The 1935 Connecticut Tercentenary half dollar and 1936 US commemorative stamp each feature a design that depicts the State's famous Charter Oak. This caused a bit of consternation for some, who weren't keen on having the two collectible souvenirs share a design theme.
Stamp collecting was more popular than coin collecting in the mid-1930s, and this preference is clearly reflected in the brief coverage of the half dollar included in the pages of the Waterbury Democrat
From the February 4, 1935 edition:Philatelically speaking...Connecticut's tercentenary stamp may have the same design as its tercentenary coin, according to Washington dispatches. What's the matter with our Bureau of Engraving and Printing? Can't they concoct at least two different designs? Not that we've anything against the Charter Oak being used on a stamp. Far from it. But if used on the coin, the stamp ought to show something else linked with Connecticut history. And a few years ago we had a tree stamp, when the 50th anniversary of the founding of Arbor Day was observed. Remember it. Let's be different and let's be original. Also, let's have a stamp that will rank among the best of the better commemoratives we've had of recent years...
From the Waterbury Democrat
of January 24, 1936:And while talking about the state we want to comment on a point just raised by Senator Lonergan. He wants the commemorative stamp and coin that Connecticut is to get this year to contain the same design. This action was taken after the Hartford Chamber of Commerce had suggested it. Before anything like that is done we would suggest that the leading philatelists and numismatists in the state be called into conference. After all those experts in stamp and coin collections are a bit more familiar with designs than the ordinary mortal. They know what is right and what is out of place. Don't overlook them in making selections.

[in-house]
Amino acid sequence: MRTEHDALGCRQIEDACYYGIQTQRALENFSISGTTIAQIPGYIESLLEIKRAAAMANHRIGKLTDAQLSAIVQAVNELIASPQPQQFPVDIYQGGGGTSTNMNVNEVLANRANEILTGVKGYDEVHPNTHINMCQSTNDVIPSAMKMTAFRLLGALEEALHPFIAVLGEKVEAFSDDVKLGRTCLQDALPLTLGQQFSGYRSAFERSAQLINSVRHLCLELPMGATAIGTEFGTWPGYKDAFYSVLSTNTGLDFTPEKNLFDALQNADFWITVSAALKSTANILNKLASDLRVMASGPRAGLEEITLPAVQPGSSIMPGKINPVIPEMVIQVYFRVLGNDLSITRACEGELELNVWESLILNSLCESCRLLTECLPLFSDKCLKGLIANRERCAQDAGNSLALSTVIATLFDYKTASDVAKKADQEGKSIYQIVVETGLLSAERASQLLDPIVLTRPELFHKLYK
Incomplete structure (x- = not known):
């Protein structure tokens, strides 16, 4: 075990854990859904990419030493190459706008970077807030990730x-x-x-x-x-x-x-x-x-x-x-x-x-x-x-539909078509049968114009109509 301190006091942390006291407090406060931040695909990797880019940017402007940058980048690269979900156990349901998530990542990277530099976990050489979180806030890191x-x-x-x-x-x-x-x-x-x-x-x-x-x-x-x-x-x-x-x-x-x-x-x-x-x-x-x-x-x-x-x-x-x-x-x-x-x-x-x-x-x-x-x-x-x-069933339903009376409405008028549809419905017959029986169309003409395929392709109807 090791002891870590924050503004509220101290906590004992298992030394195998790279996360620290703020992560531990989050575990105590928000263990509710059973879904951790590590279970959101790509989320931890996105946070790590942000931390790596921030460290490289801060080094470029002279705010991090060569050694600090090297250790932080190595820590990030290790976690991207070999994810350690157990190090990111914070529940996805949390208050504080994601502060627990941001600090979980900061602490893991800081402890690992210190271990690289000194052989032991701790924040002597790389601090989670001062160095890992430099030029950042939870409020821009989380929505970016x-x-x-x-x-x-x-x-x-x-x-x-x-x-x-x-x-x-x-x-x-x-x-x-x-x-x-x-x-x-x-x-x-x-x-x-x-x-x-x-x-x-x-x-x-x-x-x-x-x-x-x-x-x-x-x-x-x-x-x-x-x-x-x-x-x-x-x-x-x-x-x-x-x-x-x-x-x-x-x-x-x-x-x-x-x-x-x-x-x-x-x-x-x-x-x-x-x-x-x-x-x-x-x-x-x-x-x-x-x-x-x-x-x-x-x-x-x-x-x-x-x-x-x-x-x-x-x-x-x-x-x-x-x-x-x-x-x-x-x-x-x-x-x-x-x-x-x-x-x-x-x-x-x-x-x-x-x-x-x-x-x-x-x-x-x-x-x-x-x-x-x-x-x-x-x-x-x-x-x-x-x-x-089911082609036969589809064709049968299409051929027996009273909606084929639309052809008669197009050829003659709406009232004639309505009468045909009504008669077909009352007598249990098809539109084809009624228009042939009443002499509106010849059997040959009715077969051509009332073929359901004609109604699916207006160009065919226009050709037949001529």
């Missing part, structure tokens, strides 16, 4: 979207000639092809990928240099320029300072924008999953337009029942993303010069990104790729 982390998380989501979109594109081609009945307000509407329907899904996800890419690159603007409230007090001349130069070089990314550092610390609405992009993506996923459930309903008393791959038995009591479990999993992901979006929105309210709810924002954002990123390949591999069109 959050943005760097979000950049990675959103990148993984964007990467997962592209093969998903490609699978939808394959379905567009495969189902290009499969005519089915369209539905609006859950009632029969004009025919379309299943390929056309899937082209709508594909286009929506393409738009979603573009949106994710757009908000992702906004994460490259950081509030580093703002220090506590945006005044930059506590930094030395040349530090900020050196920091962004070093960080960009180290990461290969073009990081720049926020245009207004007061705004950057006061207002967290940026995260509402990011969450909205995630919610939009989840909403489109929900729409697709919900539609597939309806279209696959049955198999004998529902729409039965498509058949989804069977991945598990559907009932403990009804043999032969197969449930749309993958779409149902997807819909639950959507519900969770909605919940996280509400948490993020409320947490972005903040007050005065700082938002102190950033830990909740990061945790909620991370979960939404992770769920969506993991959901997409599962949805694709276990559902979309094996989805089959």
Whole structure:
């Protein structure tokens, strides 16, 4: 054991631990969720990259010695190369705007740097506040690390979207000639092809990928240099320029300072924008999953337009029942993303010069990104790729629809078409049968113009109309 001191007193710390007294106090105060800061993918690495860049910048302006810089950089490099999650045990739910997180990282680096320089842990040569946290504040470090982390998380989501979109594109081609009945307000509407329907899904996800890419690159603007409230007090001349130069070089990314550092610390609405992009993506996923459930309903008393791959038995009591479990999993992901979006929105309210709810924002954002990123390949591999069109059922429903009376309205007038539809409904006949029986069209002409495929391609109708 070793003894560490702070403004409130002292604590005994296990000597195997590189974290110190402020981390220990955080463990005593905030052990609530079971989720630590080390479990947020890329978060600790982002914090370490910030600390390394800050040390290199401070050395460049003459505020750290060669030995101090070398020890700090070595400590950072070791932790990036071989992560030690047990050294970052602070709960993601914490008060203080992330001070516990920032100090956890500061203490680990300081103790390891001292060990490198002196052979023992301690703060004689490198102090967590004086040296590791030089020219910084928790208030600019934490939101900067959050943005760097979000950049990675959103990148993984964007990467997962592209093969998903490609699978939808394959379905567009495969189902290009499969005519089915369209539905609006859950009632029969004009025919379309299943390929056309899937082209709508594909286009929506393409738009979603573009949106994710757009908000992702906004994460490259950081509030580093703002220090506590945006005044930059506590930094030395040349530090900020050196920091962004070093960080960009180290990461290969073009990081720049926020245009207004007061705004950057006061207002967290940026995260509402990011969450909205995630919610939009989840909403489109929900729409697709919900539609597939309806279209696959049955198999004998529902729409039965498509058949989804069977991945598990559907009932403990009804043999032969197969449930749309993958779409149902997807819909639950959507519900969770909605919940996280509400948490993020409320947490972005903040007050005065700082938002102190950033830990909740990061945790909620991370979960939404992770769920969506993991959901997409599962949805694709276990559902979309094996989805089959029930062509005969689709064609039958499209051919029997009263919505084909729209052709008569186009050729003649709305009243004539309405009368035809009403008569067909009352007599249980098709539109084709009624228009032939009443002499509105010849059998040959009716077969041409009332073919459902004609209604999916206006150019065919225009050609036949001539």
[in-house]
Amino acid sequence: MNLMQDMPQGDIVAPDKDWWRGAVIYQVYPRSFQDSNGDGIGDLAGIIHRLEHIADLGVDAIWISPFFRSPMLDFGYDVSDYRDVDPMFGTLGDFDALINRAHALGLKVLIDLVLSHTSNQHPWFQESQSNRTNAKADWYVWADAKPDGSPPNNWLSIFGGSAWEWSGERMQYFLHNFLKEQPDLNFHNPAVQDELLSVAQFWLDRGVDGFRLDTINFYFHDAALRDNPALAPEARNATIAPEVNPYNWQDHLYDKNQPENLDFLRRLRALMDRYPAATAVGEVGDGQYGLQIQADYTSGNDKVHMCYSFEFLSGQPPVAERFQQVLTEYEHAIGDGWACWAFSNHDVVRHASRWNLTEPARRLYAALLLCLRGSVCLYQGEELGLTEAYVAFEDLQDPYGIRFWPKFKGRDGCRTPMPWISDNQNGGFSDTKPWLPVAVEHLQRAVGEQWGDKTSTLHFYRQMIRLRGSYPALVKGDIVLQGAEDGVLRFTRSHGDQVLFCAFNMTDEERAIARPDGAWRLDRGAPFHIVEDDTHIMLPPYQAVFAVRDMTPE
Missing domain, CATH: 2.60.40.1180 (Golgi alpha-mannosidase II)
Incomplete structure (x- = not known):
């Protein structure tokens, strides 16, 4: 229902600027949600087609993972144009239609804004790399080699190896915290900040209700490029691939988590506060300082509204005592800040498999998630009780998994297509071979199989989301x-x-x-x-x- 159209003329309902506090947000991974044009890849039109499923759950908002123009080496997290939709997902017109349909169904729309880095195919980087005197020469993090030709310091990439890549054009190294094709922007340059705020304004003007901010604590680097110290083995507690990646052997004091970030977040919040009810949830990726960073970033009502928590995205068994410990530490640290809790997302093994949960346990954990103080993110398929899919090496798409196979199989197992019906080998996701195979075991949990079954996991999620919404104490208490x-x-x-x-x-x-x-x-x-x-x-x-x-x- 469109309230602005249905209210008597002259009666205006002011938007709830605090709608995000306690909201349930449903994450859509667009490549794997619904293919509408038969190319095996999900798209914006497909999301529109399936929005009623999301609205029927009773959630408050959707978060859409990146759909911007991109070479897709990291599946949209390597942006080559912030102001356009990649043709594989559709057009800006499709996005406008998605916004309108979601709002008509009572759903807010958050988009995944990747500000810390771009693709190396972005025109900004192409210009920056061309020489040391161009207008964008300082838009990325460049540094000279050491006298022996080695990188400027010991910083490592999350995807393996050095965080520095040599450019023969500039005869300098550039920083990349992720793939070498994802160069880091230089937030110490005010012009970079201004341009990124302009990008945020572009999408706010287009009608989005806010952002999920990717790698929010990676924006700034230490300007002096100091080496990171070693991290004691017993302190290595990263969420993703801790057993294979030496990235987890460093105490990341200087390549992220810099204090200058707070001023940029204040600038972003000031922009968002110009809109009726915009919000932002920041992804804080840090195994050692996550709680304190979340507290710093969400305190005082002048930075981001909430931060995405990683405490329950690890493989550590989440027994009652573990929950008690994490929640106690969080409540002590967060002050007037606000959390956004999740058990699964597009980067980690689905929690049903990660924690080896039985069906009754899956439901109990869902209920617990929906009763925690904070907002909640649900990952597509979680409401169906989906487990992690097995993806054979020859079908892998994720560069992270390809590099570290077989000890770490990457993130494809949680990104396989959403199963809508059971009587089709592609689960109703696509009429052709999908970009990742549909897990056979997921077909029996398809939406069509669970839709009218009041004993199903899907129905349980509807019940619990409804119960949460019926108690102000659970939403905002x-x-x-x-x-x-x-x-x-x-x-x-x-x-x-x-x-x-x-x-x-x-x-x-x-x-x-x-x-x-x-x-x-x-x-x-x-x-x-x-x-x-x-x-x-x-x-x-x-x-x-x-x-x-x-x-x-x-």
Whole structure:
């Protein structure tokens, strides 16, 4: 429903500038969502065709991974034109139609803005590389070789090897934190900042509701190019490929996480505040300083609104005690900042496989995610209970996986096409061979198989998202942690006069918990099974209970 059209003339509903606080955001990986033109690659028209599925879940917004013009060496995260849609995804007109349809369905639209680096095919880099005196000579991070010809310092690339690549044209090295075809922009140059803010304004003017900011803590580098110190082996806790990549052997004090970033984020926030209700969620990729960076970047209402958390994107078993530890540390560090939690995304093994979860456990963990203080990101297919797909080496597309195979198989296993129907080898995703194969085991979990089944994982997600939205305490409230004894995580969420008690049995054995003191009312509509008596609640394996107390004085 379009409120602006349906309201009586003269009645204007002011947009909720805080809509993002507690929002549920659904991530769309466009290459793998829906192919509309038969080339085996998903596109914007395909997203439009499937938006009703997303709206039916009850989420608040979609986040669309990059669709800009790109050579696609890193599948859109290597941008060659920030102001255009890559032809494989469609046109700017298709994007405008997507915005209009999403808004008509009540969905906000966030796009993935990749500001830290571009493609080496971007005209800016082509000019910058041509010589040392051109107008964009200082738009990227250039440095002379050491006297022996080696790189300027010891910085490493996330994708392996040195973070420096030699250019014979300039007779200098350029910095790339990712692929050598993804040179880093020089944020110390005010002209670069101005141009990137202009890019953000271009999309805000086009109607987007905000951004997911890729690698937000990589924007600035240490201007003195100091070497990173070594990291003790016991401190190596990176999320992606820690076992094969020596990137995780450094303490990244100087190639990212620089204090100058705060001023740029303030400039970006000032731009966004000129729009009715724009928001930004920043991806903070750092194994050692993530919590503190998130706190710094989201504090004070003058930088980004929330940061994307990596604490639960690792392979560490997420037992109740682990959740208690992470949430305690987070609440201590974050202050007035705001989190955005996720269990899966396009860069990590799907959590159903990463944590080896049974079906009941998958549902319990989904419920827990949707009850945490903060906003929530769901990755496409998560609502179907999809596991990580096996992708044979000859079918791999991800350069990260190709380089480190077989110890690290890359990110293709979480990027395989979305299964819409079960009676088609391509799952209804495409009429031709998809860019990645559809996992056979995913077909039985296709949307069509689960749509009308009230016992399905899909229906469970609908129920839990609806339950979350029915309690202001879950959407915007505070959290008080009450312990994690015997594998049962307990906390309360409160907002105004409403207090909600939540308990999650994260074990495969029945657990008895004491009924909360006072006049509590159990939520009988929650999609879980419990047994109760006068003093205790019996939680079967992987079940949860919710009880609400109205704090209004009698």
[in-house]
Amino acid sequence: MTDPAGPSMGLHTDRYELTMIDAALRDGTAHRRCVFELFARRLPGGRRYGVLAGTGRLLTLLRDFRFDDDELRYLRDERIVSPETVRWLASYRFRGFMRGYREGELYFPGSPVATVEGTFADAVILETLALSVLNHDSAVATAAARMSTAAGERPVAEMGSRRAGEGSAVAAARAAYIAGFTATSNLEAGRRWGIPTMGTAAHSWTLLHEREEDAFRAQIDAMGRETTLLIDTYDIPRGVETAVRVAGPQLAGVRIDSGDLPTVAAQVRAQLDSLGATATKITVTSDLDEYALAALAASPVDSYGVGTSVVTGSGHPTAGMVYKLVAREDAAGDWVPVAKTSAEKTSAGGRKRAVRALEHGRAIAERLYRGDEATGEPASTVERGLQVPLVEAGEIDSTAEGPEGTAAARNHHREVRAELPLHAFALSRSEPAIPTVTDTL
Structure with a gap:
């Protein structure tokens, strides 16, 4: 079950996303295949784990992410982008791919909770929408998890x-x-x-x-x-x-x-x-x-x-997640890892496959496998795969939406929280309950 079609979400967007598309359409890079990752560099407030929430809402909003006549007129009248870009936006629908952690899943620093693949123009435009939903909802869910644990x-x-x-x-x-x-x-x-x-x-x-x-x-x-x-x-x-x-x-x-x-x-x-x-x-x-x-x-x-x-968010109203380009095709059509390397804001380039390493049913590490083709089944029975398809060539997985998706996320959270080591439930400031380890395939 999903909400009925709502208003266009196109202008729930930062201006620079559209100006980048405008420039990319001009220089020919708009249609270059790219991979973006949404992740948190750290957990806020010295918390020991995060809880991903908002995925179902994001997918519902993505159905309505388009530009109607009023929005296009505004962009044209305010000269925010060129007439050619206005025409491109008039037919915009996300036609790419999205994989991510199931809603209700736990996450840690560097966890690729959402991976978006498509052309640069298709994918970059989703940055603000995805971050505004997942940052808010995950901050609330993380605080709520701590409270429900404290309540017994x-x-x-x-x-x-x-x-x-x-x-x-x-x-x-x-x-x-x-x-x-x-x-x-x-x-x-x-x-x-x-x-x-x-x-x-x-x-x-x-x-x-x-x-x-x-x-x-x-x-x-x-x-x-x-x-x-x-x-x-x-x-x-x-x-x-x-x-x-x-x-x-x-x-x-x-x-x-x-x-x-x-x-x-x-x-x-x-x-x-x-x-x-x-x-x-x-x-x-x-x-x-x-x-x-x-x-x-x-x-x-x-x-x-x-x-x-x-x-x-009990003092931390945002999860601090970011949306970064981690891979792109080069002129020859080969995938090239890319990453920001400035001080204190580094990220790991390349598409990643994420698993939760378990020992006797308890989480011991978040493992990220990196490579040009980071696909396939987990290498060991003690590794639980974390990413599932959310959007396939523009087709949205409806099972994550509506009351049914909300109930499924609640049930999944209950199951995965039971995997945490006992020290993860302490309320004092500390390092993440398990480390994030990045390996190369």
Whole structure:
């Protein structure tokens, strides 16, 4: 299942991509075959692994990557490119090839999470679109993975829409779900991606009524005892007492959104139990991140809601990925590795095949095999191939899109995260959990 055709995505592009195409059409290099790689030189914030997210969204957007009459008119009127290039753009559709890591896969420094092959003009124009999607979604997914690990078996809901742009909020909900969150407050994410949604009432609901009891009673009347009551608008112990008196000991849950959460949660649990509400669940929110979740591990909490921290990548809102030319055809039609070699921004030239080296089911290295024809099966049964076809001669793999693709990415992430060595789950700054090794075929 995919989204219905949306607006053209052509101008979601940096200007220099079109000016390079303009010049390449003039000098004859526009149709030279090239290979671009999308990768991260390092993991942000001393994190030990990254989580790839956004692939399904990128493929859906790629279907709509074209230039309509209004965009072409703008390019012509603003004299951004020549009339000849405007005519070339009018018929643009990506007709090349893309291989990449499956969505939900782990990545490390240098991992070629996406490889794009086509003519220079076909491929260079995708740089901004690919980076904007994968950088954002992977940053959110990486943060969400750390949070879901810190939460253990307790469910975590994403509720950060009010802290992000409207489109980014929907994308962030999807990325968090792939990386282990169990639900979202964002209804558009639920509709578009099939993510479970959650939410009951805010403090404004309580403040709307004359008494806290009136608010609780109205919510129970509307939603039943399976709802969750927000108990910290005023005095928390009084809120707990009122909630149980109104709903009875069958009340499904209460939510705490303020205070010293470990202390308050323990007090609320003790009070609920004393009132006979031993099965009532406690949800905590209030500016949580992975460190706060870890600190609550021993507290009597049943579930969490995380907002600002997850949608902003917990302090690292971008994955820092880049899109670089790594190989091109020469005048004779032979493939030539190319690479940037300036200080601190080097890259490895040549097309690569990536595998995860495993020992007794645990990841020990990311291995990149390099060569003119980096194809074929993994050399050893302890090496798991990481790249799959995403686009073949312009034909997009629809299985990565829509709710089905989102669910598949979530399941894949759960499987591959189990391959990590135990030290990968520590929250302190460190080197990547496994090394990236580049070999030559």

"Ordinary mortal"? I didn't realize we coin collectors were above our non-collecting brethren!
Another brief mention in the January 25, 1936 edition of the same newspaper:The Charter Oak will constitute the principal design on the tercentenary coin to be minted for Connecticut this year. Information to this effect was forwarded by Senator Augustine Lonergan this week. The added information that the same design might be used for the commemorative stamp is not encouraging. We see no reason why we should make both the stamp and coin correspond in appearance. It seems to indicate a lack of imagination.
Of course, the coin and stamp were each issued with the Charter Oak being a central design element. The stamp depicts the iconic "Charter Oak" in a view that is very similar to the one used by Henry Kreiss for the half dollar. Kreiss used Charles DeWolf Brownell's painting of the Charter Oak as his design reference; it appears likely that Victor S. McCloskey, the stamp's designer, used the painting as well.Historical Note: The "Charter Oak" was the name given to the tree in Hartford, Connecticut that was used to hide the colony's Royal Charter when an attempt was made by King James II (through his local administrator Sir Edmund Andros) to retrieve and revoke it.Charter Oak Painting by Charles DeWolf Brownell1935 Connecticut Tercentenary Half Dollar 1936 Connecticut Tercentenary Stamp1936 Connecticut Tercentenary Stamp on First Day Cover
For more discussions of the 1935 Connecticut Tercentenary half dollar, see:
- 1935 Connecticut Tercentenary
- 1935 Connecticut Tercentenary - Ephemera
- 1935 Connecticut Tercentenary - Ephemera II
- 1935 Connecticut Tercentenary - Philatelic Tie-In
- 1935 Connecticut Tercentenary - Commission Bulletins
- George Godard First Day Cover
For other of my posts about commemorative coins and medals, see: Read More: Commems Collection